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Are You Born A Pizza Chef Or Do You Become One? of Walter Zannoni

March 31, 2020

I was born pizzaiolo. This is the fourth generation of pizza makers in my family. Since I was a child I have smelled the scents of the products of our land and the passion that has been passed on to me has led me to commit to this gastronomic art.

Have you attended any course or school, or did you have a teacher who taught you the job? I started myself in the kitchen, learning by doing. Then, as the passion was getting stronger and stronger, I felt the need to refine my skills. I attended several training courses to improve my knowledge of the ingredients and processing techniques.

What is the role of the ingredients in your pizza? The ingredients are the essence of my work. My intention is always to give greater value to the products of our land. First of all the tomato, as well as the extra virgin olive oil and dairy products. Speaking of which, we only use the mozzarella cheese produced by Mozzarè, both cow and buffalo mozzarella. The secret of a good mozzarella, beyond its high quality and freshness, is its balance.

If it is too milky it can moisten the dough, if it is little milky it can dry the dough while cooking. With Mozzarè and its DOP products, we have found the great quality and the perfect balance. Is the perfect dough possible? I’m afraid the perfect dough does not exist. It is the pizza chef’s expertise that gives the ideal quality to the dough, the taste that customers expect. I personally prefer the indirect dough, with a pre-ferment and a longer fermentation.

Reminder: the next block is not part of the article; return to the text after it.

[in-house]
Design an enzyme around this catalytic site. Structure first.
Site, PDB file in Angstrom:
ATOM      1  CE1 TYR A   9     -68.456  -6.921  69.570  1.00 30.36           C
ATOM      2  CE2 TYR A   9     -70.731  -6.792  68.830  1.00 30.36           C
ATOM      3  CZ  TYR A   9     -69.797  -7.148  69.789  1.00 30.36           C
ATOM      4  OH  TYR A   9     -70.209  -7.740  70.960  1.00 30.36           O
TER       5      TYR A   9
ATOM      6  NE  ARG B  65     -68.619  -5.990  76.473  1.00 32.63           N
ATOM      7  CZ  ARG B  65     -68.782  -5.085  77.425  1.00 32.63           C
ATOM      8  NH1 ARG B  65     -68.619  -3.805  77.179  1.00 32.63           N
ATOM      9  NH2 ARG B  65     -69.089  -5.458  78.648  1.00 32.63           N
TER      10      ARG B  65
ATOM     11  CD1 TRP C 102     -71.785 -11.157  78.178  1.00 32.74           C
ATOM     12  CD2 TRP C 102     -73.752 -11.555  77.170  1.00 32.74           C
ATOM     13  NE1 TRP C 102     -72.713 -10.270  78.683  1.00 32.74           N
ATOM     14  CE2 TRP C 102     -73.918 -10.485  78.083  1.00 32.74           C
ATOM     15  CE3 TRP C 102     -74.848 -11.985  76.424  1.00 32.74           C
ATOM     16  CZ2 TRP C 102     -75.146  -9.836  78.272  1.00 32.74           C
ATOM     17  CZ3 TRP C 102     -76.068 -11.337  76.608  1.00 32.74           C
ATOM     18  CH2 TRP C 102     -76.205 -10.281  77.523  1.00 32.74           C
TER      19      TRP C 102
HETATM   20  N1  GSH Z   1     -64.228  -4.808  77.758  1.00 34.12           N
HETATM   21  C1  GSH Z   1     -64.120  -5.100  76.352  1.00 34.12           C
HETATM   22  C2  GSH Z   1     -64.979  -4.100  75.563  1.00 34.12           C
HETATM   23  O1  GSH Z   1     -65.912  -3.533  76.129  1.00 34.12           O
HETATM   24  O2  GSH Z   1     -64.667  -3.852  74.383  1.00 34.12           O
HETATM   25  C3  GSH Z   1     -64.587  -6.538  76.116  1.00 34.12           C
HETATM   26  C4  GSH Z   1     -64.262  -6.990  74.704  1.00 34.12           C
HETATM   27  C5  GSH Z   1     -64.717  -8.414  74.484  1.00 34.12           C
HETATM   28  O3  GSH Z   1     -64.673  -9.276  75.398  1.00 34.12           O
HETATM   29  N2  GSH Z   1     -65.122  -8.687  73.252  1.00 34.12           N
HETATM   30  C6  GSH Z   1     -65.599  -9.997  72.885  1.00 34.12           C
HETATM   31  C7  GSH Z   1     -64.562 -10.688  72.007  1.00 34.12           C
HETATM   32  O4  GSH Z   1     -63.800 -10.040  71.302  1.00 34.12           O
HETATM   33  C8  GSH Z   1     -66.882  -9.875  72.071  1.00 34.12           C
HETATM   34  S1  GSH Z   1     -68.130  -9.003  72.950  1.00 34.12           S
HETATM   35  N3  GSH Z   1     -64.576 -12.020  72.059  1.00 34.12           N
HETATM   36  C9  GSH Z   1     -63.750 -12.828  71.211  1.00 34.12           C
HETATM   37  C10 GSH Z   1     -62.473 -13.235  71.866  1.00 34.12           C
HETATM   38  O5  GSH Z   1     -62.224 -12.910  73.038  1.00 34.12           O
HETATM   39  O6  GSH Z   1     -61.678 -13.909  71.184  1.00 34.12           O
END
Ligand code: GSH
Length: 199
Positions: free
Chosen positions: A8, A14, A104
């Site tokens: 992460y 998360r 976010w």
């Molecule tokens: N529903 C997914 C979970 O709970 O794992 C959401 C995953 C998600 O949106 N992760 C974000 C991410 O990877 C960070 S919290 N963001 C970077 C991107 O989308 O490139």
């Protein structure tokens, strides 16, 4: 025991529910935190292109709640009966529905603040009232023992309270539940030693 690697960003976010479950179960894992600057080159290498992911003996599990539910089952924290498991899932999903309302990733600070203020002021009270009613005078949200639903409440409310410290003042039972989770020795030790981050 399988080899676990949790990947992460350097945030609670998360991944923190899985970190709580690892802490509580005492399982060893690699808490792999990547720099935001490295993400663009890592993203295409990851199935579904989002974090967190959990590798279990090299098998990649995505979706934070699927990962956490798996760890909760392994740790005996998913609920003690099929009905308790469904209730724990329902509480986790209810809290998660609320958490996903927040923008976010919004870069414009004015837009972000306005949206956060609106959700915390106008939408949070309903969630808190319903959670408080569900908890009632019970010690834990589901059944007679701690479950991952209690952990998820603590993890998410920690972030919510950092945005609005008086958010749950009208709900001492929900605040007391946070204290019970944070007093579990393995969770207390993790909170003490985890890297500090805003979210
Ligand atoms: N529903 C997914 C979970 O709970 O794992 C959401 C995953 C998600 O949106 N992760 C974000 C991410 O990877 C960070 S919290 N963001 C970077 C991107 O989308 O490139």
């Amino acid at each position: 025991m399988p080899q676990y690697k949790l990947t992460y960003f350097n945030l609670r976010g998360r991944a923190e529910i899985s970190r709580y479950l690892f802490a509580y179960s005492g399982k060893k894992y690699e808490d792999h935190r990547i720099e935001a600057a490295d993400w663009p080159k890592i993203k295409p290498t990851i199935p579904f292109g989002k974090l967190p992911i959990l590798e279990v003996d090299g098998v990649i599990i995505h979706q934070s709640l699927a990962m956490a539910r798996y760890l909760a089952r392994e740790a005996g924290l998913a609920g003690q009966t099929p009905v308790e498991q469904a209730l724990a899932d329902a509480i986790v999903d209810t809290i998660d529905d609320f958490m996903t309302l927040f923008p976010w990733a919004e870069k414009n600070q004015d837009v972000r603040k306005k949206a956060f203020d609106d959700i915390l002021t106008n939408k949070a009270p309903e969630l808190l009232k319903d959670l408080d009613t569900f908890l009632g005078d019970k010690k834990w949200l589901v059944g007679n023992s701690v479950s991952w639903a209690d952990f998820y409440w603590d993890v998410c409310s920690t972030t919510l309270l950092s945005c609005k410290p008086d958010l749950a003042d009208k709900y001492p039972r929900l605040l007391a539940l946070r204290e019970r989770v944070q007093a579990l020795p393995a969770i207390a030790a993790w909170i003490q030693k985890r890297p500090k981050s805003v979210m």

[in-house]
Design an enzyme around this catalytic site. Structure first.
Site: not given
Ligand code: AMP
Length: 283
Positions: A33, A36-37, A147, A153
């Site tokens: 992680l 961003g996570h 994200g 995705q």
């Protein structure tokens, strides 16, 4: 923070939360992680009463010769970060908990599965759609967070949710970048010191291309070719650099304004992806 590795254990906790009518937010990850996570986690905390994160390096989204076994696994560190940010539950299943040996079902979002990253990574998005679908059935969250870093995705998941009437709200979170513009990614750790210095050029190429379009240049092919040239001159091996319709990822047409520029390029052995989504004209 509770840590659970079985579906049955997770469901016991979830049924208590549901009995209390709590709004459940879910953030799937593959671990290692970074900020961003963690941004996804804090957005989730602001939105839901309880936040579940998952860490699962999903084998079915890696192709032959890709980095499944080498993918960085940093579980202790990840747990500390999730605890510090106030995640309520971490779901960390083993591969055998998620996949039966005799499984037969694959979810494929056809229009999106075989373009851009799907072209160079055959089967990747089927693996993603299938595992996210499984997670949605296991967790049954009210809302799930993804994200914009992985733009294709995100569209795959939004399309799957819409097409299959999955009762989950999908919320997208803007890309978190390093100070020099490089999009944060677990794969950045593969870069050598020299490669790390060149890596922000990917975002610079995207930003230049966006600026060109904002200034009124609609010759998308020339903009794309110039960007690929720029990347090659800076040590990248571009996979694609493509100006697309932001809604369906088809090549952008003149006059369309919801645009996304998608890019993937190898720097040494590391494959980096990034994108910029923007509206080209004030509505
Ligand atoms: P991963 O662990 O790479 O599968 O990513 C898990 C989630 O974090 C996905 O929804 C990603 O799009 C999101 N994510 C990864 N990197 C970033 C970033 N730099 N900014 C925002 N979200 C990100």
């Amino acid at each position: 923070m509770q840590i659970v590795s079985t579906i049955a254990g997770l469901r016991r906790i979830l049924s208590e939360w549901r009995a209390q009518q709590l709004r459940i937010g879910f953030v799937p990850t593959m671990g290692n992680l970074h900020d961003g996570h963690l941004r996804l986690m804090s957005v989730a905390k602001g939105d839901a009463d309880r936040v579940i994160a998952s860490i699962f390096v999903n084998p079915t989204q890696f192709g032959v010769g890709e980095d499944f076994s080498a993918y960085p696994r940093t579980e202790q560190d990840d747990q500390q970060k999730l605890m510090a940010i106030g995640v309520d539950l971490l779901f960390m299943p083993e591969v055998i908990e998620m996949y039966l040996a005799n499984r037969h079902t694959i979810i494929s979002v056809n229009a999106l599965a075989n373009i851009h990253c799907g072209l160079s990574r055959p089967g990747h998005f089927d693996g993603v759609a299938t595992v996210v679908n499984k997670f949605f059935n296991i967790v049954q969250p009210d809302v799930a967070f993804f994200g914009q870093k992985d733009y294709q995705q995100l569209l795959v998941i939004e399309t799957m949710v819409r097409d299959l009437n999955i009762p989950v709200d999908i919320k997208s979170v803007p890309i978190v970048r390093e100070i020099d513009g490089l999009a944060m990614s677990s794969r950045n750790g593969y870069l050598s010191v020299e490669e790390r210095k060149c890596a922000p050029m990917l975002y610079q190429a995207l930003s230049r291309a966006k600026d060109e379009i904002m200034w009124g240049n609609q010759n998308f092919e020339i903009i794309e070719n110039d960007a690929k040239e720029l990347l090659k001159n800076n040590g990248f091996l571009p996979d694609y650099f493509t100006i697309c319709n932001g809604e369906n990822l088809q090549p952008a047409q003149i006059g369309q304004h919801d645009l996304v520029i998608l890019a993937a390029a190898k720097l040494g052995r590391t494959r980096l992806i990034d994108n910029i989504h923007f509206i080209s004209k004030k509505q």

Is the oven important? For me, the oven is strictly wood-fired. But I have to say that the new electric ovens can now have the same level of baking capacity because with the new technologies you are able to reach very high temperatures. Tell us the three pizzas you don’t want to miss in your restaurant. Margherita for sure, a classic that emphasizes the basic ingredients of any good pizza and the products of our territory. At the moment we are recommending a seasonal pizza that we call “Memories from our childhood” because its flavors recall the scents of the Campanian tradition.

I also highly recommend a more wintery pizza with the classic Neapolitan “soffrito” (that is a mixture of finely chopped onions, celery and carrots sauteed in olive oil) instead of the offal.

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